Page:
Food and Agriculture Organization of the United Nations (FAO) publishes proceedings of the plenary presentations of the 3rd African Organic Conference titled ‘Achieving Social and Economic Development in Africa through Ecological and Organic Agricultural Alternatives’
The publication, Achieving Social and Economic Development in Africa through Ecological and Organic Agricultural alternatives, is a follow up to FAO’s 2013 publication Organic Agriculture: African experiences in Resilience and Sustainability. It follows firstly, because it reports on the progress made since the Lusaka Conference in 2012, but secondly because it pushes forward our understanding of how ecological organic agriculture contribute not only to agricultural and ecosystem development, but also to social and economic developments. In Lagos we learned that Ecological Organic Agriculture (EOA) has a significant role to play in addressing the pressing problems of poverty, food insecurity, land degradation, market access, food safety ad climate change in Africa. Ecological Organic farming systems increase yields, are resilient to climate change effects and are cost-effective. Further, EOA is climate smart, preserves biodiversity, provides ecosystem services, and produces lower carbon emissions. “Both of these lessons remain pertinent to our ability to meet the new Sustainable Development Goals to eliminate global hunger and malnutrition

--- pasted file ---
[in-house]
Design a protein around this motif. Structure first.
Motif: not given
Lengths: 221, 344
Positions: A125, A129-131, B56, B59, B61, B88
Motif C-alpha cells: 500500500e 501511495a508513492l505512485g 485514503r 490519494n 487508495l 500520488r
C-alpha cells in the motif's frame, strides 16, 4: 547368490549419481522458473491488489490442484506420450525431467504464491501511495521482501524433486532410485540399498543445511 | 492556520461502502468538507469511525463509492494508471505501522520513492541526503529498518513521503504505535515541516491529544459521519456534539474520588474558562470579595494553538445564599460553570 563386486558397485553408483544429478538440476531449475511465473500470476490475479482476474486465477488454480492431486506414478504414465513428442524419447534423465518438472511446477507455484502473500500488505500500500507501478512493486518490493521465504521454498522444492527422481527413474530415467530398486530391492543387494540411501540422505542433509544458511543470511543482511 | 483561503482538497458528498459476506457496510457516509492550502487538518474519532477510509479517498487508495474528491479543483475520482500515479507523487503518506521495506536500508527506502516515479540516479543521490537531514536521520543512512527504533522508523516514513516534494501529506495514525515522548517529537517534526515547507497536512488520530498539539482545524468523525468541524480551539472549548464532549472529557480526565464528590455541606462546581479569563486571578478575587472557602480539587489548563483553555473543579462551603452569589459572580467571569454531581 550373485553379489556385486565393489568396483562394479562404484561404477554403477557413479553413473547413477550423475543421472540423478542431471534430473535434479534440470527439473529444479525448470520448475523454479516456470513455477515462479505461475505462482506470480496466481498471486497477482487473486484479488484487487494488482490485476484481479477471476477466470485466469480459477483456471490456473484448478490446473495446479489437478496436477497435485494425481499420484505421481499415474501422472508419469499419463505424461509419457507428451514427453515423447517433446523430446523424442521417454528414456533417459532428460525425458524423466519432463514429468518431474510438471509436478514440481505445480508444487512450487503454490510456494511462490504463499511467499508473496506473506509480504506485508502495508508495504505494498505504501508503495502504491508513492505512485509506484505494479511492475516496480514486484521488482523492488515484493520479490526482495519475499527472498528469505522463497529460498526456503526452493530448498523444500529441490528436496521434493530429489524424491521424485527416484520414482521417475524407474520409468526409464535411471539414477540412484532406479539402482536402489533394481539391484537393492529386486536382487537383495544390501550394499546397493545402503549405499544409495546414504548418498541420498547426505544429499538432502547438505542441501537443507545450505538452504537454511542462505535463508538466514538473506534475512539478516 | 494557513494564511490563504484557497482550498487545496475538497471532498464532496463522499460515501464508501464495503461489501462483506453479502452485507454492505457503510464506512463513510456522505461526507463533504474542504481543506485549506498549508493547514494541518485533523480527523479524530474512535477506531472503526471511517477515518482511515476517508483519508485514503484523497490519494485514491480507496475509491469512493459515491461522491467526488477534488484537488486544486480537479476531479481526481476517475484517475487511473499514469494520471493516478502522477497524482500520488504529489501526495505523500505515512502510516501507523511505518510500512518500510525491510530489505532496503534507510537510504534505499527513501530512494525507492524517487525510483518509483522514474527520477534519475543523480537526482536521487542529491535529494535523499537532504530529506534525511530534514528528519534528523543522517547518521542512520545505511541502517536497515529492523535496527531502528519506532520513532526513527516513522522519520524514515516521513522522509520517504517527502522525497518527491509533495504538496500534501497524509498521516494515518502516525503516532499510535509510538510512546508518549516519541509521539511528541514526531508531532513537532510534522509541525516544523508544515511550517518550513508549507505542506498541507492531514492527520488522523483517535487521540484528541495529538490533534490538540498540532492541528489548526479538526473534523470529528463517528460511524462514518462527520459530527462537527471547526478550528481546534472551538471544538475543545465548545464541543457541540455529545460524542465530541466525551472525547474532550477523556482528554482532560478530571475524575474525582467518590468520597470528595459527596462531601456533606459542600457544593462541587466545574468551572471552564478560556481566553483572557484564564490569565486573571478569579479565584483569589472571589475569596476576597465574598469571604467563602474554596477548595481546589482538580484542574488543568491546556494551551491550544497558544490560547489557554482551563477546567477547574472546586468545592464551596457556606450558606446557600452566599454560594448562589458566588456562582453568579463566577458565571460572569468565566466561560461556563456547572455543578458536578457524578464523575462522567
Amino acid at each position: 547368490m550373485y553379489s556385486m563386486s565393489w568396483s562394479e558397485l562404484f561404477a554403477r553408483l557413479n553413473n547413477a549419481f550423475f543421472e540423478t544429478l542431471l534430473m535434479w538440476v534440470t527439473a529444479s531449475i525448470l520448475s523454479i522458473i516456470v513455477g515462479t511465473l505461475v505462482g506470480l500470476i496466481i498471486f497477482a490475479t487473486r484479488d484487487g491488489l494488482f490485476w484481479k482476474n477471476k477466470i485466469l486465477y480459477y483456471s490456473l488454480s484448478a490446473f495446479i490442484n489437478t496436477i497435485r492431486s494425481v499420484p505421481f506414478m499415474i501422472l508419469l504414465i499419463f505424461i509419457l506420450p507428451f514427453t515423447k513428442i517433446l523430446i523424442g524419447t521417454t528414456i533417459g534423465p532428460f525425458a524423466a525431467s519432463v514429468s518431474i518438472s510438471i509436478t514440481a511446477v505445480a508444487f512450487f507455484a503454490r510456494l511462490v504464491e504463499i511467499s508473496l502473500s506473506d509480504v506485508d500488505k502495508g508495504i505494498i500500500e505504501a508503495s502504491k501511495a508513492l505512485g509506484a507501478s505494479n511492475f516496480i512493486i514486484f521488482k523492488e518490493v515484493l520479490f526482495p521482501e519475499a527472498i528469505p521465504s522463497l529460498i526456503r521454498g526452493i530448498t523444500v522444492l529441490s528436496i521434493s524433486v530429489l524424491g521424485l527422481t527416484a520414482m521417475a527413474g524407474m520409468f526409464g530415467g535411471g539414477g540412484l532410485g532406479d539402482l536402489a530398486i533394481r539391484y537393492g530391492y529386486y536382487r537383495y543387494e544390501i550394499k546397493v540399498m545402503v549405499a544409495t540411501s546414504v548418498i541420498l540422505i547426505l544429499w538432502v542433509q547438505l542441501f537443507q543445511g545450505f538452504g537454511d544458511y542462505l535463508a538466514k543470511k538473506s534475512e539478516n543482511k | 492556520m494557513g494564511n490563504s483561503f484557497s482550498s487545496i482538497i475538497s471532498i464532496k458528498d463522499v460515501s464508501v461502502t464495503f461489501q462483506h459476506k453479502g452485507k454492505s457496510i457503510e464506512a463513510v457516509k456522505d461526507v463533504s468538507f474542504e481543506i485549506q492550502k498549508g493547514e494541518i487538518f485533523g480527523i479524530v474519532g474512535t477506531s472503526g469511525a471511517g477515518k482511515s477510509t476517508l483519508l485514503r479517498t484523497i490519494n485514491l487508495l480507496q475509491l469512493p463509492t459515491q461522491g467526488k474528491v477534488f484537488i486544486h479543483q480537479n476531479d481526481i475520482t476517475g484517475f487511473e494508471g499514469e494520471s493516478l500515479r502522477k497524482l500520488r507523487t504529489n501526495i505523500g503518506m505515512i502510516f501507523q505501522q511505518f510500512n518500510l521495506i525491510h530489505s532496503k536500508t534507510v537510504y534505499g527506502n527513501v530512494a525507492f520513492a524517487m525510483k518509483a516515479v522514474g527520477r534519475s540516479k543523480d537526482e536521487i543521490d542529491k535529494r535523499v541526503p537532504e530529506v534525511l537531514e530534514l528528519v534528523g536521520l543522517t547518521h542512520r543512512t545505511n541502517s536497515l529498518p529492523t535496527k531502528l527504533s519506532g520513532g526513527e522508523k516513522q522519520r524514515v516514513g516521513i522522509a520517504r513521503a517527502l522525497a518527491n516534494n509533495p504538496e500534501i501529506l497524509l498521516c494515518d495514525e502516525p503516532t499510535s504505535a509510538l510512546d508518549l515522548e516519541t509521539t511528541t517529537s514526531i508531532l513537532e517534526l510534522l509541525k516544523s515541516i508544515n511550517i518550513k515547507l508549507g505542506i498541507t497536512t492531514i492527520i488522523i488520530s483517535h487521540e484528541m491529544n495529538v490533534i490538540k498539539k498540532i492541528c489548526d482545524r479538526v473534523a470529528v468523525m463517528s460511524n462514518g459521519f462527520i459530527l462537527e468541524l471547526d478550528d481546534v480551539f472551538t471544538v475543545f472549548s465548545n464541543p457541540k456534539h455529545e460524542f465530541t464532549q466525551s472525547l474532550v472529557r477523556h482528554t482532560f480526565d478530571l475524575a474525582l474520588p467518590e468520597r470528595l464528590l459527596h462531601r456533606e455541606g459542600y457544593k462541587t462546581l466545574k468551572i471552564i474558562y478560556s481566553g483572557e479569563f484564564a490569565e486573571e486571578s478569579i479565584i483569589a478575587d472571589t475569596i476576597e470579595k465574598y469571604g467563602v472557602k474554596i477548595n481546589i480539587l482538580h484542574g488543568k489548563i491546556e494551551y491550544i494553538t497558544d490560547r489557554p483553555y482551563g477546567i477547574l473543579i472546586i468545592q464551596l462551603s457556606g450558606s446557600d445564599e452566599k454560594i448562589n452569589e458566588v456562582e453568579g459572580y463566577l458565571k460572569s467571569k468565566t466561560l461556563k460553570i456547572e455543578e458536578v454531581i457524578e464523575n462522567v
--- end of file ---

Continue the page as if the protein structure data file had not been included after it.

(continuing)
This publication gathers together in one volume the plenary papers presented during the 3rd African Organic Conference that took place in Lago, Nigeria from 5-9 October, 2015. The different chapters document the institutional support that is developing across Africa to ensure that research, markets, and policies can contribute to the positive developmental impact of initiatives to develop continent wide policy supports, national approaches and local innovations. A core theme of the event was the value of organic trade globally and particular importance of focusing attention towards deepening access to national, regional and global markets for ecological and organic products.
The publication addresses the contribution of farmers, consumers, researchers, educators, public officials, civil servants, policy-makers, entrepreneurs, financiers and other promoters of ecological organic agriculture to reducing food insecurity and rural poverty, by making agriculture, forestry and, fisheries more sustainable and productive, enabling the creation of sustainable food systems and increasing the overall resilience of farmers’ livelihoods.
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